the Congressional Record, And I entered it into NVIVO, NVIVO is a software that can
give me a frequency chart. And I identified White Nationalist words. There are words that,
there’s other research that has been done from the
Southern Poverty Law Center and others, and they helped
me identify states’ rights, law and order, minority,
government spending, welfare state, and deficit as
words that are commonly used in White Nationalistic literature. This is the results. This is the actual frequency chart, I’m going to talk about
this chart in moving. Pay attention to the length of the debate on both the Senate and House side. For the Affordable Care Act, the length of debate was
the longest open debate that the US Senate ever had. The result, the term, I had two terms that trended the way I had hypothesized. “Government spending” and “deficit” did trend the way I
expected them to trend. The word, “welfare state”
was used ten times more in the Welfare Act than
the Affordable Care Act. Also, “states’ rights” was
used significantly more. Part of that could be
because the Welfare Act changed how you fundamentally, how the federal government
fundamentally did welfare, and the same thing with deficits, so those terms might not
be as White Nationalistic as I had hoped them to be. There are limitations in this methodology, I did an exact word match,
so I didn’t use phrases, I didn’t use themes, I
looked at exact words. And doing exact words,
you’ll see “defraud” and “welfare queen,” if
you go back to the chart, there’s certain terms that did not show up as often as I thought
they would, but “defraud”, “cheat” did not show up at all,
but “defraud” actually did. “Welfare queen” was a word
that we decided not to use, but we ran it afterwards and found out it, we could have used “welfare queen” and they actually showed up
on both pieces of legislation. Going forward in future
research with this, instead of looking at
legislation beforehand, I could take a look at legislation and the effects that
legislation has on a population. So, instead of looking at how legislation affects particular groups of people. I can also look at themes, so instead of doing an exact word match, I could take a theme and
enter that theme into NVIVO and get a better result. Also, examining political
campaigns and rhetoric like TV ads, radio spots, and such, will give you a pretty good idea, or will give me a better idea of whether White Nationalism
is rising or falling or how it is in America right now. I got two slides of references,
if you’re that bored. Questions, comments, concerns? (applause) – [Woman In Audience] A
very good presentation. The big thing now is big data, and I know you’re a political scientist, but they’re saying to use Google as a way to do your word matches, and that’s going to be able to correlate or help you to answer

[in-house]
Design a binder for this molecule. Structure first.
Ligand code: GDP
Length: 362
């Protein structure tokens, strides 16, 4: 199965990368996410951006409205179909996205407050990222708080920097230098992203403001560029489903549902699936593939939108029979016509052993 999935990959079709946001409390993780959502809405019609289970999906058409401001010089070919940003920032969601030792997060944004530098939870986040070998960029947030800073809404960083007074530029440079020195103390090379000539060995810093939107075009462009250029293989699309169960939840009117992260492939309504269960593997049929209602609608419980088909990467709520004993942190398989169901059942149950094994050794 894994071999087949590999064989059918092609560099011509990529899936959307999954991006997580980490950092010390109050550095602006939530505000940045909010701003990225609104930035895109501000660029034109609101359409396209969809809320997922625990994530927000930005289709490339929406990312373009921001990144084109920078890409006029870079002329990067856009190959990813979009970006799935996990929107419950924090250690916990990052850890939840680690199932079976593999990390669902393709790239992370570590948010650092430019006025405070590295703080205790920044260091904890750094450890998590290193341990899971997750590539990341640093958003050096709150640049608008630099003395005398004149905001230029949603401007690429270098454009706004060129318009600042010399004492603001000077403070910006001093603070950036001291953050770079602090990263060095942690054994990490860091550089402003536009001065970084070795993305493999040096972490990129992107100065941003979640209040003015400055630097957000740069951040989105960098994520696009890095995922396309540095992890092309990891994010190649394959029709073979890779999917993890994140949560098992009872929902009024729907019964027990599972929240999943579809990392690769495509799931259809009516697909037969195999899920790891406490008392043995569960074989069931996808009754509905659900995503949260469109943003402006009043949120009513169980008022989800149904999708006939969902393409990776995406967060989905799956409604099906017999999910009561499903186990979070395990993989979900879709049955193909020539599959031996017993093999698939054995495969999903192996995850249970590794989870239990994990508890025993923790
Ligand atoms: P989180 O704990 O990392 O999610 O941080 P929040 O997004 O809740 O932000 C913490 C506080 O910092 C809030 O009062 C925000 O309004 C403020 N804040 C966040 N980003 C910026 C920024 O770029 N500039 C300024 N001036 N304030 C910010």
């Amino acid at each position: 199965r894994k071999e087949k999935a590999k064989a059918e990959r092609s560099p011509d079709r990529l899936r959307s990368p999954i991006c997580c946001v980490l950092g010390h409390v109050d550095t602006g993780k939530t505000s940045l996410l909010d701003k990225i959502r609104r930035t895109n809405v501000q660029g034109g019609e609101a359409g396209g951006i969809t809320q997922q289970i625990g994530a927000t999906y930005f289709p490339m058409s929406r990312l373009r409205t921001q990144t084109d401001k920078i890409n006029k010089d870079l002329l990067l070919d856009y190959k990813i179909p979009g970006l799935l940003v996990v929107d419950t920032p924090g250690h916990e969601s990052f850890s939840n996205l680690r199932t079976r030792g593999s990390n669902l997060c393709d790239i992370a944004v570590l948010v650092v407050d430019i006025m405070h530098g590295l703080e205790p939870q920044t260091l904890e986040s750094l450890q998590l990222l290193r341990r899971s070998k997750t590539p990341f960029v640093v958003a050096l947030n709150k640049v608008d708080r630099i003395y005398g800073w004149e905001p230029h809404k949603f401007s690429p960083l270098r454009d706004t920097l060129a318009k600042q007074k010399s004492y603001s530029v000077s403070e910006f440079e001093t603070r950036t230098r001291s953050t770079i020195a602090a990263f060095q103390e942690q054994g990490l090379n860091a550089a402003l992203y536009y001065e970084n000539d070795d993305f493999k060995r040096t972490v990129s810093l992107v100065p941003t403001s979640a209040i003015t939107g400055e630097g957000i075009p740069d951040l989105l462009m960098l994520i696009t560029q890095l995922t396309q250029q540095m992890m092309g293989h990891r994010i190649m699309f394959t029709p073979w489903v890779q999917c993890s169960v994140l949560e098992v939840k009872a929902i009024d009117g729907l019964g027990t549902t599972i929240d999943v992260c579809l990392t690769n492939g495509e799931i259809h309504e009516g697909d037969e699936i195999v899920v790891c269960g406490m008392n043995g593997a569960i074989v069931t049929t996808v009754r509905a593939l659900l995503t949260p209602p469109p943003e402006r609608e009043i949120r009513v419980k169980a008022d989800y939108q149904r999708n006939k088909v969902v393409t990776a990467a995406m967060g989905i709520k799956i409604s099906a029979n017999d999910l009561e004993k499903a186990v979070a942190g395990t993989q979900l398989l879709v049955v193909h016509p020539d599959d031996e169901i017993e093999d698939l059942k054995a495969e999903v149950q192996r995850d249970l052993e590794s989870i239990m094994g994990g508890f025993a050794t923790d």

some of your questions, because you used legislation? So you could use Google to match your research with
trying to answer your questions about White Nationalism. – We, I used Google at
first, NVIVO was better, was a better for me–
– Well, that was a way to analyze your data. – No, NVIVO also does the
same thing that Google actually does.
– Okay, well, I’m just saying, a lot of public health scientists are now using Google to do that, and they can map it onto states, you can map it onto health behavior, and so that’s gonna give you a little bit, in terms of open science
and data analytics. – [Man In Audience] You know that you had a really good research study
too, kind of similar to your, if you go back to your table slide, and also your limitations, I think thematic analysis
is a very good idea, and you may also want to look
at comparing and contrasting different types of
repertoire they’re using, like if it’s in a debate,
or if it’s in newspapers, or if it’s magazines,
I think you can really, because, right now you’re saying, “words are equated to White Nationalism,” but these words may not just be in line with White Nationalism, so comparing different
venues might be very helpful as you go forward with
this future research. I think you have a very good pilot study to go forward with this, so excellent job. – [Woman In Audience] Thank
you, thank you, thank you, thank you for this
work, it was very brave, and it’s cutting edge, I appreciate it, I am just going to say shortly, this is what I do in the
job, you know, where I work, disparities and, you know,
impressions and things like this. I just want to say one thing. Words create pictures, and those pictures sometimes
become perceptions, and absolutely perceptions drive behavior, and so I commend you for
looking beneath the surface and researching it, and I’m very curious as to where you will
take your studies next, because I see you, thank you! (applause)

Leave a Reply

Your email address will not be published. Required fields are marked *